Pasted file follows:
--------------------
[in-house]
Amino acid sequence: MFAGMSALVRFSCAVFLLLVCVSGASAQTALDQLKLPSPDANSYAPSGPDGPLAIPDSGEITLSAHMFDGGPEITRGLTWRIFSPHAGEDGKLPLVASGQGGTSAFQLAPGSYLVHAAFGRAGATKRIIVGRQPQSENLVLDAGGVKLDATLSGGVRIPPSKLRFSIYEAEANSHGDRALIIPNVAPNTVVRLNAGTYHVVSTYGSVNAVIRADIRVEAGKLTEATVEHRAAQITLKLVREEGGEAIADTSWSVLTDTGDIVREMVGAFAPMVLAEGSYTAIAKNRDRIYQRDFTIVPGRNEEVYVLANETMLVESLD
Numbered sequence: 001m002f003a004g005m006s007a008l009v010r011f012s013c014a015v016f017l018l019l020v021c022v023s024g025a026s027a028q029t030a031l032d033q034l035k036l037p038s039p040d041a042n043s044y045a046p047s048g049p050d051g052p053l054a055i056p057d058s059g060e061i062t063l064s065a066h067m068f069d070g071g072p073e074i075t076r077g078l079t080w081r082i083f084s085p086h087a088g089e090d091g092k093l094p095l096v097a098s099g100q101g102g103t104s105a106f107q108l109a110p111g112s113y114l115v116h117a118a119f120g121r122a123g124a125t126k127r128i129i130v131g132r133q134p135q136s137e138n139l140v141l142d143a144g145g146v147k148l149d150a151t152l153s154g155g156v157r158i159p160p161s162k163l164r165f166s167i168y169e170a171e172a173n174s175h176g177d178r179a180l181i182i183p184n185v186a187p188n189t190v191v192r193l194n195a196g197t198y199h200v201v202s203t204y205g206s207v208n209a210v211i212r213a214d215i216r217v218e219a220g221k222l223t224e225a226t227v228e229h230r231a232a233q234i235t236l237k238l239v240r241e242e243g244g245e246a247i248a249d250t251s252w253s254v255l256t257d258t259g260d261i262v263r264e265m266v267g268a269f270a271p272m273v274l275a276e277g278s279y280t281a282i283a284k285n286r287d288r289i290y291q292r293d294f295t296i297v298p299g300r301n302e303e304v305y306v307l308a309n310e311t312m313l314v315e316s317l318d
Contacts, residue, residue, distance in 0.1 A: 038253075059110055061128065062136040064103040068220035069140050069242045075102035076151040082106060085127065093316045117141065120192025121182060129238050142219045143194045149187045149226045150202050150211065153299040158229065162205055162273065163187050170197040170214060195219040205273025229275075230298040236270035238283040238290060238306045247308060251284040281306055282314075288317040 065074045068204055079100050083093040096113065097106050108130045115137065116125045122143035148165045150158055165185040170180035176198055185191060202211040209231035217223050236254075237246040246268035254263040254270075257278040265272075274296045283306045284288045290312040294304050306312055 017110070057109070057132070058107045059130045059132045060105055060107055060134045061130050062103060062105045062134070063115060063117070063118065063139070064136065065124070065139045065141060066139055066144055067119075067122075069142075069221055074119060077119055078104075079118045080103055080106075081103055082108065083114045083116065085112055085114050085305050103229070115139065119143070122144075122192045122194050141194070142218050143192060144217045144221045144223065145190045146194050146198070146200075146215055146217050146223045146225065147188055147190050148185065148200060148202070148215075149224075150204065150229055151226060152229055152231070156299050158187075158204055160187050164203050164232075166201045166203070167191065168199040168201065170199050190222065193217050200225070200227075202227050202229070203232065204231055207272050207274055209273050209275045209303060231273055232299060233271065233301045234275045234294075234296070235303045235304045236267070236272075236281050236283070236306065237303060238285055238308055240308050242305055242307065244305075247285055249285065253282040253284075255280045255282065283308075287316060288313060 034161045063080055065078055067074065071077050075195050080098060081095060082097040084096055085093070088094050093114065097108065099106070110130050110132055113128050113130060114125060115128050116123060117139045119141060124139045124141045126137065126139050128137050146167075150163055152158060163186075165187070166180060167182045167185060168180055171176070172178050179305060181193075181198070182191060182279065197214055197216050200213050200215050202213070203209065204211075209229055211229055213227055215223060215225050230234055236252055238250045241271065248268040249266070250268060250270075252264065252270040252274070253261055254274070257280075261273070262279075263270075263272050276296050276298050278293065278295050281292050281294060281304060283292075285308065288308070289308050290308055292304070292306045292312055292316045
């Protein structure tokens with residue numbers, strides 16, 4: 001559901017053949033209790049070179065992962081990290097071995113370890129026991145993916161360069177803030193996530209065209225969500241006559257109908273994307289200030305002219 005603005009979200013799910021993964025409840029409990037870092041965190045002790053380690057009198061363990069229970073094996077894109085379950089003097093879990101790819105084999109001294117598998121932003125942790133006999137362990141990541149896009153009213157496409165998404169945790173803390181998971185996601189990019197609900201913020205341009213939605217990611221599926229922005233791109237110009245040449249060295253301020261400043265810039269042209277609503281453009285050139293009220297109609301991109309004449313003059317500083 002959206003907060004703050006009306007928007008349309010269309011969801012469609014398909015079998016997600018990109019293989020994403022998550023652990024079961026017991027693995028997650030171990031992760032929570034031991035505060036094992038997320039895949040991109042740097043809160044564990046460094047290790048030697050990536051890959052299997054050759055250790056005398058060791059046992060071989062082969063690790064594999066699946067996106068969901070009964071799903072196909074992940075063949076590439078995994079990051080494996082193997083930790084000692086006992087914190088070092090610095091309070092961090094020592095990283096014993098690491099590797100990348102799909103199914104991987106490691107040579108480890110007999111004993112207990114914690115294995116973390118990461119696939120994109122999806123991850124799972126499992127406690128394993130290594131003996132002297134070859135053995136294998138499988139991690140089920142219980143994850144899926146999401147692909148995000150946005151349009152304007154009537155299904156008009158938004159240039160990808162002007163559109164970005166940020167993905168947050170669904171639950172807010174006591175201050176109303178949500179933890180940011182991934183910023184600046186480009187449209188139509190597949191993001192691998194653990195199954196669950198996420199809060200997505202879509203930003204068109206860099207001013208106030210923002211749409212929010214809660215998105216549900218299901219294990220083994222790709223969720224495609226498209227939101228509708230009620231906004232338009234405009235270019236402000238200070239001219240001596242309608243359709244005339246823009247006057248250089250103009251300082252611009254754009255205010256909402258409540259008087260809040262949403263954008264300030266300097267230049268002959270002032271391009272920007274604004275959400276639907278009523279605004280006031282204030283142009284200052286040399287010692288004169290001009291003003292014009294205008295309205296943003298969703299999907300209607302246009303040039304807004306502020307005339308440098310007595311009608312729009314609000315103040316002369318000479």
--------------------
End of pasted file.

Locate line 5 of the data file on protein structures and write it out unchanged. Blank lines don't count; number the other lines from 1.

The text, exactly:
């Protein structure tokens with residue numbers, strides 16, 4: 001559901017053949033209790049070179065992962081990290097071995113370890129026991145993916161360069177803030193996530209065209225969500241006559257109908273994307289200030305002219 005603005009979200013799910021993964025409840029409990037870092041965190045002790053380690057009198061363990069229970073094996077894109085379950089003097093879990101790819105084999109001294117598998121932003125942790133006999137362990141990541149896009153009213157496409165998404169945790173803390181998971185996601189990019197609900201913020205341009213939605217990611221599926229922005233791109237110009245040449249060295253301020261400043265810039269042209277609503281453009285050139293009220297109609301991109309004449313003059317500083 002959206003907060004703050006009306007928007008349309010269309011969801012469609014398909015079998016997600018990109019293989020994403022998550023652990024079961026017991027693995028997650030171990031992760032929570034031991035505060036094992038997320039895949040991109042740097043809160044564990046460094047290790048030697050990536051890959052299997054050759055250790056005398058060791059046992060071989062082969063690790064594999066699946067996106068969901070009964071799903072196909074992940075063949076590439078995994079990051080494996082193997083930790084000692086006992087914190088070092090610095091309070092961090094020592095990283096014993098690491099590797100990348102799909103199914104991987106490691107040579108480890110007999111004993112207990114914690115294995116973390118990461119696939120994109122999806123991850124799972126499992127406690128394993130290594131003996132002297134070859135053995136294998138499988139991690140089920142219980143994850144899926146999401147692909148995000150946005151349009152304007154009537155299904156008009158938004159240039160990808162002007163559109164970005166940020167993905168947050170669904171639950172807010174006591175201050176109303178949500179933890180940011182991934183910023184600046186480009187449209188139509190597949191993001192691998194653990195199954196669950198996420199809060200997505202879509203930003204068109206860099207001013208106030210923002211749409212929010214809660215998105216549900218299901219294990220083994222790709223969720224495609226498209227939101228509708230009620231906004232338009234405009235270019236402000238200070239001219240001596242309608243359709244005339246823009247006057248250089250103009251300082252611009254754009255205010256909402258409540259008087260809040262949403263954008264300030266300097267230049268002959270002032271391009272920007274604004275959400276639907278009523279605004280006031282204030283142009284200052286040399287010692288004169290001009291003003292014009294205008295309205296943003298969703299999907300209607302246009303040039304807004306502020307005339308440098310007595311009608312729009314609000315103040316002369318000479």